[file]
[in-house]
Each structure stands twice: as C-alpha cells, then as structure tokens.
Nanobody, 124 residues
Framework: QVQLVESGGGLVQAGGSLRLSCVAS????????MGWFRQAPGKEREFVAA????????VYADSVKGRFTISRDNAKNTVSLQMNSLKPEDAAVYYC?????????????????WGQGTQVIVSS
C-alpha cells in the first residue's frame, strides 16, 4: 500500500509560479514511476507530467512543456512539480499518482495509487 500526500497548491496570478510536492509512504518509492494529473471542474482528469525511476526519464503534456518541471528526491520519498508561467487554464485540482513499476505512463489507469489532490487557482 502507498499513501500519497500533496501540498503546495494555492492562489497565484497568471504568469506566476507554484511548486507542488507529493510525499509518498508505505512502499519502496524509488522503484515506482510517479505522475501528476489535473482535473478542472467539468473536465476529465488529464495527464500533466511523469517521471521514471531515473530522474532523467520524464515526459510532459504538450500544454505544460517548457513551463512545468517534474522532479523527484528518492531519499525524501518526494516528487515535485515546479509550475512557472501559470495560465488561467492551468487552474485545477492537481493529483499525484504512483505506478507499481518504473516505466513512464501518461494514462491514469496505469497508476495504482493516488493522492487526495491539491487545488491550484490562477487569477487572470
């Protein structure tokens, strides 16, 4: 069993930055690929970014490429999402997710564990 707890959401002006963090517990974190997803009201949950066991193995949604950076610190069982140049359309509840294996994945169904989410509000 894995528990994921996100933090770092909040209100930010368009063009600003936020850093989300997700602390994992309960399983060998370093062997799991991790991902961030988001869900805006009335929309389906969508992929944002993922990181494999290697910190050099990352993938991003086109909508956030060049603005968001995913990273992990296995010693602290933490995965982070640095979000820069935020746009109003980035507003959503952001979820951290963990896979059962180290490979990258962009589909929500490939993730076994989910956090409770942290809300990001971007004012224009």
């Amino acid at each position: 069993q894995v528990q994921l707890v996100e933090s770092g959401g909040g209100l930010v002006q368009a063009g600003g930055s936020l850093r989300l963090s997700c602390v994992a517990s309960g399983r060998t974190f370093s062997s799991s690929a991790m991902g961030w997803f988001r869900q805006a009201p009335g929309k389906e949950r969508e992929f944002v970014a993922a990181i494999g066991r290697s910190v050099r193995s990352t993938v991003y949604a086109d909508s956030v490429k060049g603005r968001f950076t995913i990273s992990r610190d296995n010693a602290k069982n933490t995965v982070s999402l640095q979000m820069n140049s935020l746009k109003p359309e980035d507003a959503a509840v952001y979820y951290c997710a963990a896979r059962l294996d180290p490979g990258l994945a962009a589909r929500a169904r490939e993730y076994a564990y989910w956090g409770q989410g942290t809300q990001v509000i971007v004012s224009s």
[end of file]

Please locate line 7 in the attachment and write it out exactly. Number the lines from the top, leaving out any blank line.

């Amino acid at each position: 069993q894995v528990q994921l707890v996100e933090s770092g959401g909040g209100l930010v002006q368009a063009g600003g930055s936020l850093r989300l963090s997700c602390v994992a517990s309960g399983r060998t974190f370093s062997s799991s690929a991790m991902g961030w997803f988001r869900q805006a009201p009335g929309k389906e949950r969508e992929f944002v970014a993922a990181i494999g066991r290697s910190v050099r193995s990352t993938v991003y949604a086109d909508s956030v490429k060049g603005r968001f950076t995913i990273s992990r610190d296995n010693a602290k069982n933490t995965v982070s999402l640095q979000m820069n140049s935020l746009k109003p359309e980035d507003a959503a509840v952001y979820y951290c997710a963990a896979r059962l294996d180290p490979g990258l994945a962009a589909r929500a169904r490939e993730y076994a564990y989910w956090g409770q989410g942290t809300q990001v509000i971007v004012s224009s």